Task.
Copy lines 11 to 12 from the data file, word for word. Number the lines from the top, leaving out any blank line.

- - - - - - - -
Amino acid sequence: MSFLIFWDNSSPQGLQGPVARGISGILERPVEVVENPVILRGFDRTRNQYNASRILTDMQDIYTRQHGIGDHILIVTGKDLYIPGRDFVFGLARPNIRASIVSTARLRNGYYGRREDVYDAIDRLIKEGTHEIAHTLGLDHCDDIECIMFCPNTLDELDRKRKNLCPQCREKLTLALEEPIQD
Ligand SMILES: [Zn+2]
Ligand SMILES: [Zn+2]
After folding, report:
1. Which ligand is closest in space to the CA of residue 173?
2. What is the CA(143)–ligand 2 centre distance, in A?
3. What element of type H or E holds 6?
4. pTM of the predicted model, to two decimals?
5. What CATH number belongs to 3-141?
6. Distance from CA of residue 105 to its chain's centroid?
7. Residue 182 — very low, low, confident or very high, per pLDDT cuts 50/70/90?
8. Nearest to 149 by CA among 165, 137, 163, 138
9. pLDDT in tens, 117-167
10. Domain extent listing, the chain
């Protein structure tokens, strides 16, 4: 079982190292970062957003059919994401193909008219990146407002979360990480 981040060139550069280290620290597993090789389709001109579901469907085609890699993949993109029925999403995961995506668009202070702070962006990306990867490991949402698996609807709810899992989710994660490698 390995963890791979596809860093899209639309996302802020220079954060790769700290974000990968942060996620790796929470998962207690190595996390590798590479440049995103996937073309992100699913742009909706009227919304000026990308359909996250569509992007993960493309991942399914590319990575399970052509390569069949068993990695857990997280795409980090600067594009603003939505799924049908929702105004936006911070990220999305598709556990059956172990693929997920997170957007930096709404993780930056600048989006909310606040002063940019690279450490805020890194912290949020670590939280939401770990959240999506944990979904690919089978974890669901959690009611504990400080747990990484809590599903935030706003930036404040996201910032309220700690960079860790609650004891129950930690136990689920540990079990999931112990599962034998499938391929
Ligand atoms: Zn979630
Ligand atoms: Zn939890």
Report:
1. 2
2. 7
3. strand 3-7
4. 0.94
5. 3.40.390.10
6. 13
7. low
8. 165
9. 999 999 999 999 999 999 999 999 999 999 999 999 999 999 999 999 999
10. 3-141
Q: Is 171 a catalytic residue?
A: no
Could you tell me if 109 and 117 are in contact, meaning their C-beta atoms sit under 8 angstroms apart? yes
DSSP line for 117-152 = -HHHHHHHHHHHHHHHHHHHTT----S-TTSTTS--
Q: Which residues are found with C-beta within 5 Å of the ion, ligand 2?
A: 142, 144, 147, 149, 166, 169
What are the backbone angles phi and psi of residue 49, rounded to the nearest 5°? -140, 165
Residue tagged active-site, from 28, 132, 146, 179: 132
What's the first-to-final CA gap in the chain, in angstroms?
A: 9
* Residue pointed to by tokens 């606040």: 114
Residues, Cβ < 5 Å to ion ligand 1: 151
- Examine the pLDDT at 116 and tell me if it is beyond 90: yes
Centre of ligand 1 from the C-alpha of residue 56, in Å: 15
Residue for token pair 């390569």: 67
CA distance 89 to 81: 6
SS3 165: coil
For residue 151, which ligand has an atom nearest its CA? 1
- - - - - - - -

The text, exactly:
7. Residue 182 — very low, low, confident or very high, per pLDDT cuts 50/70/90?
8. Nearest to 149 by CA among 165, 137, 163, 138